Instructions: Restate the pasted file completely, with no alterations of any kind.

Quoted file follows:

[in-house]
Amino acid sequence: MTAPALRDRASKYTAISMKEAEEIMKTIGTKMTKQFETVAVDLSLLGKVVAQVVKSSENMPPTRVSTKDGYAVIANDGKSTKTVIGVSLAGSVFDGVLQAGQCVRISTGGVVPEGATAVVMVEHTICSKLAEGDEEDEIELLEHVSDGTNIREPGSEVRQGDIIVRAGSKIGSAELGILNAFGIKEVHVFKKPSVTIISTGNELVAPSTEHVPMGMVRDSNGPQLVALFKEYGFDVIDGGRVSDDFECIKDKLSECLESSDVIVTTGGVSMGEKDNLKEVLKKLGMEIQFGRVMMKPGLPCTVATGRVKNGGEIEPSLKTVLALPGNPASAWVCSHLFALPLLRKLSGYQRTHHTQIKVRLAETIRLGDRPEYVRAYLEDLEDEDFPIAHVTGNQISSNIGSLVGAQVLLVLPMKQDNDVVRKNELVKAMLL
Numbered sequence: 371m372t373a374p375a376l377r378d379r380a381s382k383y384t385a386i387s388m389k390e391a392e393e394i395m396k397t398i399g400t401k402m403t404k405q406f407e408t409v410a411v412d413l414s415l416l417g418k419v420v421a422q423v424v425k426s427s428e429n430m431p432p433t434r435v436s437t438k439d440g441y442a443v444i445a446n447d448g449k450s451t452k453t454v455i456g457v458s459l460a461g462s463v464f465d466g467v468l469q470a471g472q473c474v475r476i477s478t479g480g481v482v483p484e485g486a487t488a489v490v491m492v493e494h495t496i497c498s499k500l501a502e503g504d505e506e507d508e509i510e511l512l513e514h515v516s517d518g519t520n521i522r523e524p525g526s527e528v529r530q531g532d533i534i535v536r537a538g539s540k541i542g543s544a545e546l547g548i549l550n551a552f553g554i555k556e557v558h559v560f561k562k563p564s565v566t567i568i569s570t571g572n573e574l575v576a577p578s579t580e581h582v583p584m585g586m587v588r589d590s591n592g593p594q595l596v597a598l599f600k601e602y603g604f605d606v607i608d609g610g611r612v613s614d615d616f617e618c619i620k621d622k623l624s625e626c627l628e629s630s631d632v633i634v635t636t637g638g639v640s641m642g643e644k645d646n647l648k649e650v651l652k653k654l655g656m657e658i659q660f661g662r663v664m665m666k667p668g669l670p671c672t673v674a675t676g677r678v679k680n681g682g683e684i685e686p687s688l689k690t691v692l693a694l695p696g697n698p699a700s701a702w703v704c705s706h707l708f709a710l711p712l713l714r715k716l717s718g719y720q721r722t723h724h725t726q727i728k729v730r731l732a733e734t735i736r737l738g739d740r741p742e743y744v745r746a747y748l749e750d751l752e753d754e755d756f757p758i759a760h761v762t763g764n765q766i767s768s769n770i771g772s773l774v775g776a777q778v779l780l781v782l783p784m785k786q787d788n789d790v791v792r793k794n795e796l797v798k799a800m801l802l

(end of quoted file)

[in-house]
Amino acid sequence: MTAPALRDRASKYTAISMKEAEEIMKTIGTKMTKQFETVAVDLSLLGKVVAQVVKSSENMPPTRVSTKDGYAVIANDGKSTKTVIGVSLAGSVFDGVLQAGQCVRISTGGVVPEGATAVVMVEHTICSKLAEGDEEDEIELLEHVSDGTNIREPGSEVRQGDIIVRAGSKIGSAELGILNAFGIKEVHVFKKPSVTIISTGNELVAPSTEHVPMGMVRDSNGPQLVALFKEYGFDVIDGGRVSDDFECIKDKLSECLESSDVIVTTGGVSMGEKDNLKEVLKKLGMEIQFGRVMMKPGLPCTVATGRVKNGGEIEPSLKTVLALPGNPASAWVCSHLFALPLLRKLSGYQRTHHTQIKVRLAETIRLGDRPEYVRAYLEDLEDEDFPIAHVTGNQISSNIGSLVGAQVLLVLPMKQDNDVVRKNELVKAMLL
Numbered sequence: 371m372t373a374p375a376l377r378d379r380a381s382k383y384t385a386i387s388m389k390e391a392e393e394i395m396k397t398i399g400t401k402m403t404k405q406f407e408t409v410a411v412d413l414s415l416l417g418k419v420v421a422q423v424v425k426s427s428e429n430m431p432p433t434r435v436s437t438k439d440g441y442a443v444i445a446n447d448g449k450s451t452k453t454v455i456g457v458s459l460a461g462s463v464f465d466g467v468l469q470a471g472q473c474v475r476i477s478t479g480g481v482v483p484e485g486a487t488a489v490v491m492v493e494h495t496i497c498s499k500l501a502e503g504d505e506e507d508e509i510e511l512l513e514h515v516s517d518g519t520n521i522r523e524p525g526s527e528v529r530q531g532d533i534i535v536r537a538g539s540k541i542g543s544a545e546l547g548i549l550n551a552f553g554i555k556e557v558h559v560f561k562k563p564s565v566t567i568i569s570t571g572n573e574l575v576a577p578s579t580e581h582v583p584m585g586m587v588r589d590s591n592g593p594q595l596v597a598l599f600k601e602y603g604f605d606v607i608d609g610g611r612v613s614d615d616f617e618c619i620k621d622k623l624s625e626c627l628e629s630s631d632v633i634v635t636t637g638g639v640s641m642g643e644k645d646n647l648k649e650v651l652k653k654l655g656m657e658i659q660f661g662r663v664m665m666k667p668g669l670p671c672t673v674a675t676g677r678v679k680n681g682g683e684i685e686p687s688l689k690t691v692l693a694l695p696g697n698p699a700s701a702w703v704c705s706h707l708f709a710l711p712l713l714r715k716l717s718g719y720q721r722t723h724h725t726q727i728k729v730r731l732a733e734t735i736r737l738g739d740r741p742e743y744v745r746a747y748l749e750d751l752e753d754e755d756f757p758i759a760h761v762t763g764n765q766i767s768s769n770i771g772s773l774v775g776a777q778v779l780l781v782l783p784m785k786q787d788n789d790v791v792r793k794n795e796l797v798k799a800m801l802l